The bishop of the Roman Catholic Diocese of Portland is calling on Maine Catholics to choose alternatives to the newly approved Johnson & Johnson vaccine if available, citing concerns about abortion-derived cell lines in its development.

Bishop Robert Deeley on Thursday joined others from the U.S. Conference of Catholic Bishops in expressing concerns about the Johnson & Johnson COVID-19 vaccine, saying the recent approval for its use in the United States has led to questions about whether it is morally permissible to receive vaccines developed, tested or produced with the help of abortion-derived cell lines.

Nevertheless, Deeley said Catholics should not hesitate to receive a vaccine even “when ethically irreproachable COVID-19 vaccines are not available.”

Bishop Robert Deeley, photographed outside the Roman Catholic Diocese of Portland offices in December. Brianna Soukup/Staff Photographer

“However, if one can choose among equally safe and effective COVID-19 vaccines, the vaccine with the least connection to abortion-derived cell lines should be chosen,” he said in a statement. “Therefore, if one has the ability to choose a vaccine, Pfizer or Moderna’s vaccines should be chosen over Johnson & Johnson’s.”

Bishops in some other dioceses around the country, including in New Orleans and Pittsburgh, also have urged Catholics to choose the Pfizer or Moderna vaccines over Johnson & Johnson. The head of the Roman Catholic Diocese of San Diego, meanwhile, issued a statement Wednesday saying that “it is entirely morally legitimate” to receive any of the three vaccines, as well as a fourth from AstraZeneca, though that vaccine has yet to receive approval in the U.S.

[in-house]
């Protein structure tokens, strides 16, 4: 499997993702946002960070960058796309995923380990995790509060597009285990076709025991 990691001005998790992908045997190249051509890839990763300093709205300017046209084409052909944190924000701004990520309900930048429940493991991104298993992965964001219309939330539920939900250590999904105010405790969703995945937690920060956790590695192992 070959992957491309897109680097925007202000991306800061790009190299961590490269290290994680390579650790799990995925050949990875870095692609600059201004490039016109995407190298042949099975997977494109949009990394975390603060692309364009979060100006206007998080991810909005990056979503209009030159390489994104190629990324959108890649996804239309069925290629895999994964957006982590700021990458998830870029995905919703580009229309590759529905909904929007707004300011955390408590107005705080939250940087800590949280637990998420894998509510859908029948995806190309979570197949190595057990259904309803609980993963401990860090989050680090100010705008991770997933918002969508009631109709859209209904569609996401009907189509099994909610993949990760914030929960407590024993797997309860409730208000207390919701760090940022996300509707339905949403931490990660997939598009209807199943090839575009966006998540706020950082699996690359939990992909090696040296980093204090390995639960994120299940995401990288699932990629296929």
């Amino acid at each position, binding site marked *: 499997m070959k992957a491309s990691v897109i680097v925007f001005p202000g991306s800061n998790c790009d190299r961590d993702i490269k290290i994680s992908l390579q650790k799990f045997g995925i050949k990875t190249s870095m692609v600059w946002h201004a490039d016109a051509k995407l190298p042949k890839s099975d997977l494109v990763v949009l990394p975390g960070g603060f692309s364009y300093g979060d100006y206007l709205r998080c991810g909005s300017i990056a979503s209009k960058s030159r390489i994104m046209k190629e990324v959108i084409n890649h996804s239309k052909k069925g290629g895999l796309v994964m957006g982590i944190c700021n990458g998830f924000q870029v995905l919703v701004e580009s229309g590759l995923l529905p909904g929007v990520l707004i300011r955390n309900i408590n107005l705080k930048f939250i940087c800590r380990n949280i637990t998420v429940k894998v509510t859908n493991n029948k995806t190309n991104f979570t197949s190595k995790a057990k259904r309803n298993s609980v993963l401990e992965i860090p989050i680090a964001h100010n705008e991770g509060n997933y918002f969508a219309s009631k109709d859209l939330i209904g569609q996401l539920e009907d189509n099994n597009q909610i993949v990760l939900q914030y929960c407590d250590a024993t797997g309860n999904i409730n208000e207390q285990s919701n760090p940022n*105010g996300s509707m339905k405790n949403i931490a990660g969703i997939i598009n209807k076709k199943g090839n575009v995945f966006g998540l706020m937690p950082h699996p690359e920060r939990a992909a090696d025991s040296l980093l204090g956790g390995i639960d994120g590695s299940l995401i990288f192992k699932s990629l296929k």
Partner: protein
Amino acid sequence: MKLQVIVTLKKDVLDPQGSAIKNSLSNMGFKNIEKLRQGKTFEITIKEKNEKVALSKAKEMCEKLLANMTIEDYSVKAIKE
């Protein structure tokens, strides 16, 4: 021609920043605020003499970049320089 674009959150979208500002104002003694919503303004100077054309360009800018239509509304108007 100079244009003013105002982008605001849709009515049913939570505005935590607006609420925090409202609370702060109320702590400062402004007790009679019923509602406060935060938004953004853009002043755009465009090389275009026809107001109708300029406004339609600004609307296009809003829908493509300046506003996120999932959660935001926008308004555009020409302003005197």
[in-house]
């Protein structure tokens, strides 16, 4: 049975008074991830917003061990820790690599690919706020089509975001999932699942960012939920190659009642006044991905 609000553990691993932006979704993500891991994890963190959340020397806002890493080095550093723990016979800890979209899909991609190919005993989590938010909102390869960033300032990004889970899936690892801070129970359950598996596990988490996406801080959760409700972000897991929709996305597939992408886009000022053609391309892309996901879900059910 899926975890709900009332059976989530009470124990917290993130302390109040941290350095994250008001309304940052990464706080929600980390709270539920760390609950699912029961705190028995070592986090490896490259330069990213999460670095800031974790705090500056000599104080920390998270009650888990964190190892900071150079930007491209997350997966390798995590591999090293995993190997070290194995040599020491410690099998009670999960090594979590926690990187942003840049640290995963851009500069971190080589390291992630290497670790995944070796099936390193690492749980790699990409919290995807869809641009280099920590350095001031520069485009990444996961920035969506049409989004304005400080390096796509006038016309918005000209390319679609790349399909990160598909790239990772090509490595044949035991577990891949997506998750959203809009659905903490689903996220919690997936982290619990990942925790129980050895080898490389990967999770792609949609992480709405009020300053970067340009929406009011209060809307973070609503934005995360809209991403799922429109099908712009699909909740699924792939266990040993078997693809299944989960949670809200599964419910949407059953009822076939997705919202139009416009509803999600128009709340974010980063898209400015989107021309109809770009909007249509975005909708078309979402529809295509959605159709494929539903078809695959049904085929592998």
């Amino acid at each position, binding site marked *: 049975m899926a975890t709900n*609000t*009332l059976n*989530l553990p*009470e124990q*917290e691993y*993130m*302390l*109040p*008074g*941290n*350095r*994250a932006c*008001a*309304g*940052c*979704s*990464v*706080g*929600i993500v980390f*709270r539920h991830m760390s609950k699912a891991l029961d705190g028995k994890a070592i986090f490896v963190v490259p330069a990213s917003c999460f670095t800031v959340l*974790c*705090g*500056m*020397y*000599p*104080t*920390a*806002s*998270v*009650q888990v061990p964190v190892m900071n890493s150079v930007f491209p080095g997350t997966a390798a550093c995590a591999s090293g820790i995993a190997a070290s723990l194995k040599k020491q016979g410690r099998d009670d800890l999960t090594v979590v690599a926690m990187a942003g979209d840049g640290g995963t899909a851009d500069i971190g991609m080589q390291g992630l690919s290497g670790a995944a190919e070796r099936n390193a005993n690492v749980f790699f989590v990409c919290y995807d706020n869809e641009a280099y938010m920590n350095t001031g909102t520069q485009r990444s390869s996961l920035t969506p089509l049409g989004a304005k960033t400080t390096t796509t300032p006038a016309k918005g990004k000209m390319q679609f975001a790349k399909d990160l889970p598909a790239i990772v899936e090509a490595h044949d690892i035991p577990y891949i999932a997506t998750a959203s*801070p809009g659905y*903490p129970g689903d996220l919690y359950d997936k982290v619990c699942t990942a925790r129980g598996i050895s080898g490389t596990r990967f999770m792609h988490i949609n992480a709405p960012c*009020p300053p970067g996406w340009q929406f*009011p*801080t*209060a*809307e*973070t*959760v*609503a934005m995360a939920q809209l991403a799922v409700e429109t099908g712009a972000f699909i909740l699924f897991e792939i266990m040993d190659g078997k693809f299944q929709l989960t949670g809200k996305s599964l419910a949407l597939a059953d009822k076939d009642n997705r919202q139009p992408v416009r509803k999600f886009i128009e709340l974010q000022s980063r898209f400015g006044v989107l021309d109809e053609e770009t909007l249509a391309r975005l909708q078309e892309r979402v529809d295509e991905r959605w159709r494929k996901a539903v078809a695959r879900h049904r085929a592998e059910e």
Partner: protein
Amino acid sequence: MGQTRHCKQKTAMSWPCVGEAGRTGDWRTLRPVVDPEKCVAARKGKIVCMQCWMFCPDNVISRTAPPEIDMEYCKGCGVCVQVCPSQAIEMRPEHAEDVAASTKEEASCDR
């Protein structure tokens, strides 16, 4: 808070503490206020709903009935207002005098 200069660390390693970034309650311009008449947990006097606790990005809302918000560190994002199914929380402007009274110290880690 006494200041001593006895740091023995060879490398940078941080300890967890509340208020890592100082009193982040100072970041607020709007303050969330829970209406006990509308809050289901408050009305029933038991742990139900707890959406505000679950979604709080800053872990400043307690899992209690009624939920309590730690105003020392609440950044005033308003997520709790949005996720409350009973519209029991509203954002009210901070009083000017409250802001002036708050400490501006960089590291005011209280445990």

“We are proud to bring our COVID-19 vaccine to the world and to contribute to ending this pandemic,” Johnson & Johnson said in a statement. “In developing our vaccine, we have held ourselves to the highest bioethical standards and guidelines.”


The vaccine, which is administered as a single dose as compared to the two doses required for the Pfizer and Moderna vaccines, received emergency use authorization from the U.S. Food and Drug Administration last weekend. There is no fetal tissue in the vaccine, Johnson & Johnson said.

“We are able to manufacture hundreds of millions of doses using our engineered cell-line system and look forward to delivering those doses around the world and helping to meet the critical need,” the company said.

The Maine Center for Disease Control and Prevention announces and posts which type of vaccine is allocated to clinics each week, but recommends that people receive whatever shot is most readily available.

“None of the three authorized COVID-19 vaccines includes fetal tissue and all have been proven effective at preventing serious illness and death,” the Maine CDC said in a statement. “Given the limited supply, the Maine CDC recommends that Maine people take whatever shot is available to them. Doing so will ensure that Maine people are vaccinated quickly and efficiently, protecting the health of all Maine people and allowing us to get back to a new normal sooner.”

Questions and concerns around connections to abortion-derived cells in COVID-19 vaccines also arose in the Catholic community in December, around the time the Pfizer and Moderna vaccines were being considered for federal approval. At the time, the conference of bishops determined there was a remote connection to abortion through the testing of the two vaccines, but not in their production. Deeley said the two vaccines were ethically developed and encouraged Catholics to receive them. The diocese includes about 250,000 Catholics and about 140 churches in Maine.

In general, the U.S. Conference of Catholic Bishops, as well as guidance from the Vatican, has said that Catholics should put aside moral concerns and opt for vaccination when there is a serious threat to public health and in order to protect the most vulnerable.

“While we should continue to insist that pharmaceutical companies stop using abortion-derived cell lines, given the worldwide suffering that this pandemic is causing, we affirm again that being vaccinated can be an act of charity that serves the common good,” the conference said in a statement this week.

Comments are no longer available on this story